It was nearly the storybook ending everyone at Desert Vista thought was possible.
A handful of talented, club soccer players who played with each other as youths and even at their home high school for some time return for their senior years together and walk away with a state title.
The Thunder nearly pulled it off losing in the Division I championship match to Brophy. The loss was disappointing, of course, but it didn’t tarnish what was accomplished.
“They had a great club experience, not to take anything away from that, but I think in some small way they are realizing what Desert Vista soccer is about and they love it,” Thunder coach Mike Rabasca said during the season. “They are growing with it. It is nice to watch them remember and embrace what it is to be a Desert Vista soccer player.”
The success led to Rabasca being named the Tribune’s Coach of the Year and senior forward Danny Gavin earning a first-team selection.
“We came together and had a chance,” DV senior Josh Greene, one of the players who returned this year, said after the title game. “We didn’t play our best in a biggest game, but we still had a chance until the end. We never gave in to anything.”
One of the reasons the Thunder came up short was because of Brophy’s defense, which was led by Tribune Player of the Year Clarence Clark.
Clark volunteered himself to play defense permanently for his junior and senior seasons in high school.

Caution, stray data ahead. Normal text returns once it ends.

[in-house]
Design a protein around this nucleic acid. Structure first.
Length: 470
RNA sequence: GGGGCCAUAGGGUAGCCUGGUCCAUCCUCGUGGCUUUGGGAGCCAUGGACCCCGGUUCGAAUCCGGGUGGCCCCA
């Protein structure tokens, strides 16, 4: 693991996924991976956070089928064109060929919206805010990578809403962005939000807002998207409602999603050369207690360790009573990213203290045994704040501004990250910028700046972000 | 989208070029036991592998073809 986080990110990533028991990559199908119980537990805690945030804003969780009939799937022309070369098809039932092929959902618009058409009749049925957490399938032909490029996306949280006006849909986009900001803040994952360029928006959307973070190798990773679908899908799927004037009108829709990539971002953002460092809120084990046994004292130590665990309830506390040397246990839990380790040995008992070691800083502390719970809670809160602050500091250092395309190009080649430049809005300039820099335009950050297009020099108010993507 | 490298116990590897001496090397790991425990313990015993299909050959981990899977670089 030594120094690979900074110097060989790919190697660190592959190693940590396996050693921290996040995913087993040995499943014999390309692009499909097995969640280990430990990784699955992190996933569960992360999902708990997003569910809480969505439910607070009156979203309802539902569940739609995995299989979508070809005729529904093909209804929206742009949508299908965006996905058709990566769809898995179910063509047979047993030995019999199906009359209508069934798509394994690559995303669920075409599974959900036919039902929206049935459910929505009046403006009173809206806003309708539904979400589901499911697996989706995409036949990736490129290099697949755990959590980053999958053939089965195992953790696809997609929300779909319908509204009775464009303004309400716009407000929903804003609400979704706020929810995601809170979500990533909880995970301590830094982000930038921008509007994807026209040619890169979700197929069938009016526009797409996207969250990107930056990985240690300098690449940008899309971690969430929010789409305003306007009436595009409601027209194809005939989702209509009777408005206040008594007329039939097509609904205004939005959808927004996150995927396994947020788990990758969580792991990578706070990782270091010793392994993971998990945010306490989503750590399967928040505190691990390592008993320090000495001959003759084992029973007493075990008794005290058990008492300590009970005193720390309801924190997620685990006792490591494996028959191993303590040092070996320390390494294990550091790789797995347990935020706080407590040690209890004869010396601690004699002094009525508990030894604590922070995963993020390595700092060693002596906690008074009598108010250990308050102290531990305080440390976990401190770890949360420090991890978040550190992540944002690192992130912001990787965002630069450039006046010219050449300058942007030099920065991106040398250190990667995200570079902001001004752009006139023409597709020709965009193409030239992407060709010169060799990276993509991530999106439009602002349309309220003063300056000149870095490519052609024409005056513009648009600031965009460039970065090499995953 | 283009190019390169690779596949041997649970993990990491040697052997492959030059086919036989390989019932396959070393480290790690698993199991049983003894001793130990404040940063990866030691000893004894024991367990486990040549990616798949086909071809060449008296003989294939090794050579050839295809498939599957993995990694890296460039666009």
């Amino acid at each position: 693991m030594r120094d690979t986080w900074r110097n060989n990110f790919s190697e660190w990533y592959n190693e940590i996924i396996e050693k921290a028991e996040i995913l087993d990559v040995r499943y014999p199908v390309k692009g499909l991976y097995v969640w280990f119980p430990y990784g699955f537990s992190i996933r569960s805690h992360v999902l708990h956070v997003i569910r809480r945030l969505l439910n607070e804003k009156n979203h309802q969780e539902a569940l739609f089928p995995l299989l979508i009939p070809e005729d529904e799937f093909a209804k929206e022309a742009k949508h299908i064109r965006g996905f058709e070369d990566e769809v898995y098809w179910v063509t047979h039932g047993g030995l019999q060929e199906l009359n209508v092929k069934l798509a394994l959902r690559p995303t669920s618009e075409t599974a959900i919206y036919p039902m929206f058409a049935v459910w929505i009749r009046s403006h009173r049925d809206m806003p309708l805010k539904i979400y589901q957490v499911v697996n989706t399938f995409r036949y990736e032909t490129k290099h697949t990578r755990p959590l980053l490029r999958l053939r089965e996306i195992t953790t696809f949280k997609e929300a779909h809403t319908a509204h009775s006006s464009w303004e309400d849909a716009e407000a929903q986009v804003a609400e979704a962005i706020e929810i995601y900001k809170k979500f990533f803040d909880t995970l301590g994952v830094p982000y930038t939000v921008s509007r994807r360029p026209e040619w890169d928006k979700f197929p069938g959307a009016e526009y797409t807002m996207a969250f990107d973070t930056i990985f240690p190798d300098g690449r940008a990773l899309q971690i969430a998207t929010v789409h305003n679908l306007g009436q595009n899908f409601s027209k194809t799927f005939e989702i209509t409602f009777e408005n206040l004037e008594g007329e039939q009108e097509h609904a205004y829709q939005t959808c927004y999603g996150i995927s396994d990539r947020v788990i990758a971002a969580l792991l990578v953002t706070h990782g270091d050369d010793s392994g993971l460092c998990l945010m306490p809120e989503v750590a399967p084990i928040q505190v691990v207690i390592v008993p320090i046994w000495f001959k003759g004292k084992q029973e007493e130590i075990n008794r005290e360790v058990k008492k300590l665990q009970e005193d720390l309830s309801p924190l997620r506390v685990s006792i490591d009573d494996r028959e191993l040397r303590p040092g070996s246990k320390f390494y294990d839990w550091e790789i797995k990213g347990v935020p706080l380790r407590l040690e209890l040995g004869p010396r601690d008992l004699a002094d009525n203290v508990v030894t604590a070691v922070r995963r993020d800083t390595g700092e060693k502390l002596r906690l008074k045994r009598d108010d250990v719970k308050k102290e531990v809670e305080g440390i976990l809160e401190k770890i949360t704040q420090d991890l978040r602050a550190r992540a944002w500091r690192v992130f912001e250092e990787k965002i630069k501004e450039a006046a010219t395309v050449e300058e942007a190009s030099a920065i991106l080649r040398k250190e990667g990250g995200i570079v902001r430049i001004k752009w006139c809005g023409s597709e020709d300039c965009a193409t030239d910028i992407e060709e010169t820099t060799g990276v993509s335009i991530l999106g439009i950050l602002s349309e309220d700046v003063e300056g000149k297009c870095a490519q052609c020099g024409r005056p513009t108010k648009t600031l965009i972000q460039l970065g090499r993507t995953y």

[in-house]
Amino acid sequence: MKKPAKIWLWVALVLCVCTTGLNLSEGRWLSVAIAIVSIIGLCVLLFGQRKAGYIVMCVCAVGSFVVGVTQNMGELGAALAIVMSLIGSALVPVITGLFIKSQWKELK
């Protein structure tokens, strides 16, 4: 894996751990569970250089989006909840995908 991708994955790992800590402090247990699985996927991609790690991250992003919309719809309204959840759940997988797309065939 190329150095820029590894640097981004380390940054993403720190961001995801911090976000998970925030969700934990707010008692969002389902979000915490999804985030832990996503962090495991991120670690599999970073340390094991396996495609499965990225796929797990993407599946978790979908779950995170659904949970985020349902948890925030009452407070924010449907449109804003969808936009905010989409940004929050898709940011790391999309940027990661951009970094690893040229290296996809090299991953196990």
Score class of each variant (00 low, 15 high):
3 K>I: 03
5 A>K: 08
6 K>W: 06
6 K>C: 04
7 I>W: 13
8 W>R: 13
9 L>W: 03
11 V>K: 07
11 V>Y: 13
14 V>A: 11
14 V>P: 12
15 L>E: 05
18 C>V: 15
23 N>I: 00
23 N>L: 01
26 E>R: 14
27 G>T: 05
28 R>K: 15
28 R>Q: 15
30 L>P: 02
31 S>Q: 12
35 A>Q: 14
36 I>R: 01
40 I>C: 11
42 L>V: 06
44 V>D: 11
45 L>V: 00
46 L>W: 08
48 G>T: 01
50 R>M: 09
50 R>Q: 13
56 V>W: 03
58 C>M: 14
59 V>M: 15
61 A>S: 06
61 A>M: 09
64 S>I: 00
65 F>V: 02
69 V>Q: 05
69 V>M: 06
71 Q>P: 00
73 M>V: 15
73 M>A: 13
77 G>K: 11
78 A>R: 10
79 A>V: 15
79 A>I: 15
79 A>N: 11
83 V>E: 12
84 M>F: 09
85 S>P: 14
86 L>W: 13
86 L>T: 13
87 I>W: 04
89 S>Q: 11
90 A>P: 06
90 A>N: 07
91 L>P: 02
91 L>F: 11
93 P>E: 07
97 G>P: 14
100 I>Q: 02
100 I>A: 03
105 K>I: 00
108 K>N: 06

“I wasn’t technical, I didn’t have the technical skills to play the position (offense),” he said. “You’re fast, and can score goals, but into the higher levels it isn’t just about being fast.”
Perhaps his greatest strength — and there are many given his speed, bullish body type and aggressiveness — was knowing what wasn’t his strength. The Brophy senior and Tribune Player of the Year finished his high school fútbol career with five losses, 34 goals allowed, 69 wins, two state titles and a runner-up in his three years.
That’s without his three-year football career at wide receiver (he didn’t play football until being convinced by parents and coaches as a sophomore). Or his current project as a makeshift actor in the school’s presentation of “A Funny Thing Happened on the way to the Forum,” where he plays a soldier.
As for soccer, his size and physicality has evolved since he took up football four years ago, but after his soccer position switch three years ago, “I run fast and play like an 8-year-old soccer player,” he said. “Keep it simple.”
A team captain this season, he was voted to the “Best 11” post-tournament honors at the Montverde Academy Soccer Tournament in Florida each of the past two seasons, where (literally) the best teams in the nation often gather to play one another. Besides three big performances in Florida, which stood out to Broncos coach Marc Kelly, Clark made several key stops and deflections in both the Division I semifinals and championship matches as the center defender. And despite his affable personality, the rarely-spoken aspect of his leadership came through when Kelly opted to suspend four starters for the first half of the championship victory against Desert Vista after excessive celebration after a goal in the semifinals.
Kelly did so knowing he had someone like Clark to keep the team ready.
“He’s indispensable to our success over the past three years, he’s the reason we could always play a 3-defender system (instead of 4- or 5-), even against the best teams in the country,” Kelly said. “He was the captain and leader, and one of the best I’ve ever had.”
• Contact writer: (480) 898-6576 or firstname.lastname@example.org. Staff writer Jason P. Skoda contributed to this story.